President-elect Joe Biden’s first big test is already clear, a month before he takes office: what to do about to a vast cyberattack almost surely waged by Russia.
This was no run-of-the-mill hack. A key starting point seems to be “backdoor” malware that infected a flawed product from software firm SolarWinds used by thousands of customers, including US government agencies, most Fortune 500 companies and the widely used cybersecurity firm FireEye.
The penetration was global and months-long, with the extent of damage yet unknown; it may not even be over. They hit the Pentagon, US intelligence agencies, nuclear labs, the Commerce, Justice, Treasury and Homeland Security departments and several utilities. FireEye cybersecurity tools were likely stolen, giving the hackers a future leg up.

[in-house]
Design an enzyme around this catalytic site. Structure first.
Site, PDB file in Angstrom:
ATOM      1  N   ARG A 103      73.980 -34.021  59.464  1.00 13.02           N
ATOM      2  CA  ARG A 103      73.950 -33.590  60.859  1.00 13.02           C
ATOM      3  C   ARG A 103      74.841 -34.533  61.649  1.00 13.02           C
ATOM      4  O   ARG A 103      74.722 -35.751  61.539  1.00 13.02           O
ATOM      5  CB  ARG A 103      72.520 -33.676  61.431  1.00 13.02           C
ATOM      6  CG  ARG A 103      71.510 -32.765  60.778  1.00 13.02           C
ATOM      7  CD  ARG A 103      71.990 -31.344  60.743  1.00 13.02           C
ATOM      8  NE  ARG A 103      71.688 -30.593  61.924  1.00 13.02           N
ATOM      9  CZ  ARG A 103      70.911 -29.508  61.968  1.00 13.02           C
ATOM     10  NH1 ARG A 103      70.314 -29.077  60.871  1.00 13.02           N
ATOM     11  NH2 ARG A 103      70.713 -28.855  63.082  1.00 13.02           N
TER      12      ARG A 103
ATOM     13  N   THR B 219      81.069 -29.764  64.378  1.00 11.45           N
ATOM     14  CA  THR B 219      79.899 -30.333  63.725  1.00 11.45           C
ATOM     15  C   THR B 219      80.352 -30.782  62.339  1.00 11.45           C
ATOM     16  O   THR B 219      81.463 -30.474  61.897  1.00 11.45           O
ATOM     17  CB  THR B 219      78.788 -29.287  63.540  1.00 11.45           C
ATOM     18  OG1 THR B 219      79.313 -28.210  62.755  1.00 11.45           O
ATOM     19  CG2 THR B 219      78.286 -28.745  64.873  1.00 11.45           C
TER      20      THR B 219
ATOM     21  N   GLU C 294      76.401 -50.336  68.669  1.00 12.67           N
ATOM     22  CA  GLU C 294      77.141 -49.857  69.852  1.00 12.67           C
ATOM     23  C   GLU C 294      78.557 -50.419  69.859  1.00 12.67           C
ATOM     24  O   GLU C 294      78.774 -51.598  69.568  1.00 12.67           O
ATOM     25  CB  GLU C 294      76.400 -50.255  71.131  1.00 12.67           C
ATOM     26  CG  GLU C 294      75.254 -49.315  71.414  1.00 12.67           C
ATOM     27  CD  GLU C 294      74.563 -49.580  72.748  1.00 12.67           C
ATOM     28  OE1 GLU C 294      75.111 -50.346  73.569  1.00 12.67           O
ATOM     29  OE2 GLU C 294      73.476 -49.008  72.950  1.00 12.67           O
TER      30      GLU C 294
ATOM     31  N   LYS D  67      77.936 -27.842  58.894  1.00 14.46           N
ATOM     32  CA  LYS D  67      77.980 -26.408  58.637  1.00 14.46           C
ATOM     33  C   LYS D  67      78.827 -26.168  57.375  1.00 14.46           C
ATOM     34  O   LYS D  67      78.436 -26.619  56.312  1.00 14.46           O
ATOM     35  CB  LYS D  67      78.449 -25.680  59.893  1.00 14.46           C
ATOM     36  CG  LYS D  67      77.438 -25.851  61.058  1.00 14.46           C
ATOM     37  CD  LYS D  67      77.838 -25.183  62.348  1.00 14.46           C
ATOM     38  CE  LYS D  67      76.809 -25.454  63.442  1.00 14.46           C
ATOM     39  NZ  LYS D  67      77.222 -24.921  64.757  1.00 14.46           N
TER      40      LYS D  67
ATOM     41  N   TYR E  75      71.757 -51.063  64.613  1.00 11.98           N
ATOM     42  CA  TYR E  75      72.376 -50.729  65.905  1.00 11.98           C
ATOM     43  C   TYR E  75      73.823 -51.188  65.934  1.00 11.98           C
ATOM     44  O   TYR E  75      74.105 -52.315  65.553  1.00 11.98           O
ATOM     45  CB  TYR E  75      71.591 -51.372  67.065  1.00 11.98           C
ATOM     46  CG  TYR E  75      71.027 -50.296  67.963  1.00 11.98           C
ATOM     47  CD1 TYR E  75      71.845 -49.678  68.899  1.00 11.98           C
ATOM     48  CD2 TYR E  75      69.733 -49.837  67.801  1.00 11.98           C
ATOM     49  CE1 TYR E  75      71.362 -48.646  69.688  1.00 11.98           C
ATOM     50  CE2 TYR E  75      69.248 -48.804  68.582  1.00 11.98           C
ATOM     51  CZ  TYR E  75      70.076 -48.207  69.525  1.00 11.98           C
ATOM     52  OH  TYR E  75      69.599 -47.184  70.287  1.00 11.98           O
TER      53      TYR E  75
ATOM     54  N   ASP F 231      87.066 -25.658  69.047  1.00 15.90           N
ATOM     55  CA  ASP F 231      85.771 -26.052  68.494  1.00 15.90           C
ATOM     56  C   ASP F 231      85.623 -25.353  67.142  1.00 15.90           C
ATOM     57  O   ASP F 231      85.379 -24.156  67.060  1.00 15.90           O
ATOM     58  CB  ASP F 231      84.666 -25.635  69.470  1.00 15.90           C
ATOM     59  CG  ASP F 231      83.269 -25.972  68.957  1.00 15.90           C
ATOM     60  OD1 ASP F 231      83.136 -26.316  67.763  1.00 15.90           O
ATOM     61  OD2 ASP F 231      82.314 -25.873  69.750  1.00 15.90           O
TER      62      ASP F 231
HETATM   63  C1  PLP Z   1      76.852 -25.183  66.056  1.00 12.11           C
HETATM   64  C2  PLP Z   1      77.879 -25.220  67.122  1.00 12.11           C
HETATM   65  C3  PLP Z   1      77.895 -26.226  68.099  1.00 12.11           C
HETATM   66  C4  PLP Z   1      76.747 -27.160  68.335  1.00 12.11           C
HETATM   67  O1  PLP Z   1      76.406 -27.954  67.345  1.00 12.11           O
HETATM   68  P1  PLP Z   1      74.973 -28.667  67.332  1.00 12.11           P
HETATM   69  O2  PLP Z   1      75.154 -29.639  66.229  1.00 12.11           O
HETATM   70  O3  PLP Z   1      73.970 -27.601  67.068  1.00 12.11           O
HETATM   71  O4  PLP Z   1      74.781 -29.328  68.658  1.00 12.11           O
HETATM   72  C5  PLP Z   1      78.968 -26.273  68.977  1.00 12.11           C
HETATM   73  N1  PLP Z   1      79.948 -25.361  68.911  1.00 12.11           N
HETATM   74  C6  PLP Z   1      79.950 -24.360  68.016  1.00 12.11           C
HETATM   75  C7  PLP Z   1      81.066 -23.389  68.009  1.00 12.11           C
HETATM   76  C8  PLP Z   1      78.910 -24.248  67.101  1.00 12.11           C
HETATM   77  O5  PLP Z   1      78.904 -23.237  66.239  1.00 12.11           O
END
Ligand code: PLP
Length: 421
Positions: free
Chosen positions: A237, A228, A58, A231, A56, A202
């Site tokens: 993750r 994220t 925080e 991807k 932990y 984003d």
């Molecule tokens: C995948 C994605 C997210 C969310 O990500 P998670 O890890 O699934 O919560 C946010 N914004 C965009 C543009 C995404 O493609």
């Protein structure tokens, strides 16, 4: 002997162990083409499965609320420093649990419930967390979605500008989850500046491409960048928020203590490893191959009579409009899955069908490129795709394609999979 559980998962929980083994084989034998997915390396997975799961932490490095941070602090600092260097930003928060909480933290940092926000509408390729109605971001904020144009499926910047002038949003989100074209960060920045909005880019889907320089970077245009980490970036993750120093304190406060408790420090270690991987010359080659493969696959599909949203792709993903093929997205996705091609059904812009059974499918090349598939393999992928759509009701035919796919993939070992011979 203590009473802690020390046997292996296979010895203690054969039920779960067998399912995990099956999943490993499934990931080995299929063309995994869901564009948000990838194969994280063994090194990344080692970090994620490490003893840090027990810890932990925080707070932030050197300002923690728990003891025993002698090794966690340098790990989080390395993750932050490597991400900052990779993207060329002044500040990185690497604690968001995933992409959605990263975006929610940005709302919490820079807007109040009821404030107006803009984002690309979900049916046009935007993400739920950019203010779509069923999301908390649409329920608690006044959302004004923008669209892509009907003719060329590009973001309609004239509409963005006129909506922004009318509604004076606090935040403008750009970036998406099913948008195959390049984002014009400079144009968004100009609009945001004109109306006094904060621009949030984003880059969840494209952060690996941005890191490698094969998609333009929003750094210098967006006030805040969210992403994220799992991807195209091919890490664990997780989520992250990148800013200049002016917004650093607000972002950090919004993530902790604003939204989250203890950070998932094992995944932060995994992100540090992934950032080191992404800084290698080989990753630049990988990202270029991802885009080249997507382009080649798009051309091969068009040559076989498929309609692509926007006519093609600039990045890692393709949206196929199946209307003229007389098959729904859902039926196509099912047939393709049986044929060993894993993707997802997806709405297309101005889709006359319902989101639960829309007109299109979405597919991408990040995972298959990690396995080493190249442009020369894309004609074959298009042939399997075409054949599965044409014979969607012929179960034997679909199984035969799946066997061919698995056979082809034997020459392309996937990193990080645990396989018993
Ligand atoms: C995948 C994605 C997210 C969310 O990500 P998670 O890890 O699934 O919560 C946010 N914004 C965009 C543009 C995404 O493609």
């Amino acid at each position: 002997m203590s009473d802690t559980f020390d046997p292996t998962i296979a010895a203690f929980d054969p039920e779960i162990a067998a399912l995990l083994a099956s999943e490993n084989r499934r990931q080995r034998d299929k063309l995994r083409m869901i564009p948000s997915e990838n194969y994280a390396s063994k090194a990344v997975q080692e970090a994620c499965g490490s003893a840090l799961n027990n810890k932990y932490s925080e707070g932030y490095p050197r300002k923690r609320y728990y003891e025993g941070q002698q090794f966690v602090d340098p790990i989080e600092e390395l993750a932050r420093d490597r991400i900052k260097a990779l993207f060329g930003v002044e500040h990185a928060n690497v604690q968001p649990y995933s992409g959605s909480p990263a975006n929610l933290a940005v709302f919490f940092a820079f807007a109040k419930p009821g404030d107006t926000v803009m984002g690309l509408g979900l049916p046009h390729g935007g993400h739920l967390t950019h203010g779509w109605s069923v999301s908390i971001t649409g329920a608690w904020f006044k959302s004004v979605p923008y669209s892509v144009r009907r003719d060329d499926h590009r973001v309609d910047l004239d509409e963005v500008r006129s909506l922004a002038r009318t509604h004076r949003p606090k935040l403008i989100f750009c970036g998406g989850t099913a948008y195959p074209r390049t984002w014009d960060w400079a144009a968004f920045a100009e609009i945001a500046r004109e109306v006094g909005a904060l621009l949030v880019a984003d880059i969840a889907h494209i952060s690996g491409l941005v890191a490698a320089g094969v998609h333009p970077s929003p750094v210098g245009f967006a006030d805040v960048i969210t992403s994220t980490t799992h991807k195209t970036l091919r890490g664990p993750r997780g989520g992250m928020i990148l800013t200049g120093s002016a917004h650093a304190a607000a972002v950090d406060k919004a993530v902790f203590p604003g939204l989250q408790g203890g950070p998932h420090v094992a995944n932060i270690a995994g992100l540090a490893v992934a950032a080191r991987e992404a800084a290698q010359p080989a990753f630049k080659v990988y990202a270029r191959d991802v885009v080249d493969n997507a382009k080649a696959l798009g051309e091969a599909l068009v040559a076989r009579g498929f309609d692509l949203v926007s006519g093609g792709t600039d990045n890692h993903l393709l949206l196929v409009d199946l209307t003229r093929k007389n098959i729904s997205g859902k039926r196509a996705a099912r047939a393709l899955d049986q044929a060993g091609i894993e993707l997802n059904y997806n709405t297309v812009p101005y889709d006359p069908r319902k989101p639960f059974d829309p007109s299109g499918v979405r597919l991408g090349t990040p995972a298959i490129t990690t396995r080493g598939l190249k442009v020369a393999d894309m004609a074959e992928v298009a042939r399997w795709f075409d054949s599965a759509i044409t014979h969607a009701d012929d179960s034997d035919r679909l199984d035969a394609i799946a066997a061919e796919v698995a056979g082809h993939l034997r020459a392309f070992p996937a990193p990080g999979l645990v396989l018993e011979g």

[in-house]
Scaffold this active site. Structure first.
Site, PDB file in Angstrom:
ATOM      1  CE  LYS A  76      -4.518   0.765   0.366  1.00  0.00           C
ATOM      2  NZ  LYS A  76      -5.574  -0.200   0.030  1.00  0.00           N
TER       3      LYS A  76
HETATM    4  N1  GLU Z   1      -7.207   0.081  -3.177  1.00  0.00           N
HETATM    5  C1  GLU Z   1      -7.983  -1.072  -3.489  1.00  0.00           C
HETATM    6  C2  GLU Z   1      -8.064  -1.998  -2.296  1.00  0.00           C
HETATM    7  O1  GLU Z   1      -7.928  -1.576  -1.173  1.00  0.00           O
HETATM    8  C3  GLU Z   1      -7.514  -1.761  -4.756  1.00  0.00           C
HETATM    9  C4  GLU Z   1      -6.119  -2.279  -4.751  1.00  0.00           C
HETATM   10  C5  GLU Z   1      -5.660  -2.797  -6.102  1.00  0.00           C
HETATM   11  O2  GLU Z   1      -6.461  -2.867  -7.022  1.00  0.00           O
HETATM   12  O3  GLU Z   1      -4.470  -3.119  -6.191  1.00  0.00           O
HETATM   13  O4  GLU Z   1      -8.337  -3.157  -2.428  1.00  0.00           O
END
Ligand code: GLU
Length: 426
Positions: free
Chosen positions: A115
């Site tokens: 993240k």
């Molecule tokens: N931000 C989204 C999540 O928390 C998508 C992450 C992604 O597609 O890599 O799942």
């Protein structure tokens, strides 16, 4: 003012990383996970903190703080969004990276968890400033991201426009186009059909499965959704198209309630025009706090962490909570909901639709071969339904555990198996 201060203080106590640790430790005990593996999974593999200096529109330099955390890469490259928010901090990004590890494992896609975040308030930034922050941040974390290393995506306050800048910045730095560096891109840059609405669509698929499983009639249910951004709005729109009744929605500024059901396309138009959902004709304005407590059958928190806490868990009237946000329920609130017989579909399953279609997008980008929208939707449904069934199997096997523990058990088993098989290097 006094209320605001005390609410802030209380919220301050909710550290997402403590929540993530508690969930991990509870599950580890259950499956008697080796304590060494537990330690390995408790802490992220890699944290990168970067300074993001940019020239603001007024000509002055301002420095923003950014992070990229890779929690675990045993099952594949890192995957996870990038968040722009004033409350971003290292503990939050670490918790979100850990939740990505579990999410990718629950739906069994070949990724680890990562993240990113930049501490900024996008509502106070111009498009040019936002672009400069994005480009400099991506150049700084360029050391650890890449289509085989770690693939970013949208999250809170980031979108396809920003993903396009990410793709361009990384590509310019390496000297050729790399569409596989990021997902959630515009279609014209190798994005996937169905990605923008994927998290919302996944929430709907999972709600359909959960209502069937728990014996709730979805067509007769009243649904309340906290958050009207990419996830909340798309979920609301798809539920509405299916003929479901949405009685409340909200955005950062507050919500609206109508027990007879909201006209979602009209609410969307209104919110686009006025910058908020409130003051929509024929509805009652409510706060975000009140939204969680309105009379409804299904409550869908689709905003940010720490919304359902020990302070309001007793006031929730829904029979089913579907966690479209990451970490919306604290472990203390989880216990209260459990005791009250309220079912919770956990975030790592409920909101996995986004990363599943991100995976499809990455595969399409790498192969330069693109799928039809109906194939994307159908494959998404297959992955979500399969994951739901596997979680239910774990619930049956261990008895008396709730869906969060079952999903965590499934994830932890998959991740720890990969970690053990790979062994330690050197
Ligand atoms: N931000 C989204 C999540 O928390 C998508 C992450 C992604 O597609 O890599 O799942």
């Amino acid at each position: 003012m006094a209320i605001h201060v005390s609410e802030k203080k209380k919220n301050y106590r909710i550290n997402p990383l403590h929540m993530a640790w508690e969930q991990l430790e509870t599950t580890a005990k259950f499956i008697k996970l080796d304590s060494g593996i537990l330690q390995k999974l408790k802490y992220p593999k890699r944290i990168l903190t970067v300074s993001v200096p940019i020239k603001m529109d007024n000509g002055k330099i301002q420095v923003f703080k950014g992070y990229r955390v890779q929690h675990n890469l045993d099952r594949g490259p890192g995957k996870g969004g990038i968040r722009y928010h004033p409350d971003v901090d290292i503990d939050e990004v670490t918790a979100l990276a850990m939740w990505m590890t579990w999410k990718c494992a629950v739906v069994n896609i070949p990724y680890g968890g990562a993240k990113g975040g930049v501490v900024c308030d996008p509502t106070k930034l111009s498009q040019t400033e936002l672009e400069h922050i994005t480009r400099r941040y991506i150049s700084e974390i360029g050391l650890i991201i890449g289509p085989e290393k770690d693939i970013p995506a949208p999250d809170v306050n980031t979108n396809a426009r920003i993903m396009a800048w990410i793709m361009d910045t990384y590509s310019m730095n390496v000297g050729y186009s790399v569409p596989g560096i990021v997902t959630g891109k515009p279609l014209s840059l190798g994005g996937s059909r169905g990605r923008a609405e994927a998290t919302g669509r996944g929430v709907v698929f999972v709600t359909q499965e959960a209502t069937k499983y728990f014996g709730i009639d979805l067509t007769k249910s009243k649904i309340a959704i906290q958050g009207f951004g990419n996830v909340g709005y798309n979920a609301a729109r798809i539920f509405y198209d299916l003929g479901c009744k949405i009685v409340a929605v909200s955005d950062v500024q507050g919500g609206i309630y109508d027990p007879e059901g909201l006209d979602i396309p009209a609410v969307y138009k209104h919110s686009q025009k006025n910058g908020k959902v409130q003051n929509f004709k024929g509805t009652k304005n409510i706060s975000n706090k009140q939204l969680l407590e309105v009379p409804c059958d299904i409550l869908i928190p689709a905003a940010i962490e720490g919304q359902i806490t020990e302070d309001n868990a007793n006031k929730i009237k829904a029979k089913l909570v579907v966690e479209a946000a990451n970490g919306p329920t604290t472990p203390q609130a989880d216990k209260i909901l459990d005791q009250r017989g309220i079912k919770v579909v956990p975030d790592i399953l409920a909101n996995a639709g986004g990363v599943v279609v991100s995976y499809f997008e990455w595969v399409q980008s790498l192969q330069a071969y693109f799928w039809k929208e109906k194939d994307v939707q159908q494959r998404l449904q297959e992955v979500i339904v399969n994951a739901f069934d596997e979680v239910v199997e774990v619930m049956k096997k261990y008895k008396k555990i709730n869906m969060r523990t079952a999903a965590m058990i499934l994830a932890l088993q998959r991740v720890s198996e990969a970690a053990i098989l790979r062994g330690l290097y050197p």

Experts say the level of sophistication points to Russia; both Secretary of State Mike Pompeo and Attorney General Bill Barr believe Moscow is behind it. Lawmakers on the both sides of the aisle are rightly outraged, with some even calling this an “act of war.”
But President Trump is downplaying the attack, even suggesting China may be the perp. So it’s up to Biden to respond.
The new commander-in-chief will find a punishment severe enough to deter future attacks by, as he says, “imposing substantial costs on those responsible,” including “in coordination with our allies and partners,”
Fact is, it’s time for a new “reset” with Russia. The entire civilized world needs to treat Vladimir Putin’s regime as the rogue nation it is, waging wars to grab land on its periphery, attempting assassinations at home and abroad, cheating on a mass scale wherever it can. Europe can start by shutting down Russia’s Nord Stream 2 gas pipeline, now set to go online within the year.
The costs may be high, but continuing to pretend Putin has a scrap of honor will cost far more in the end.
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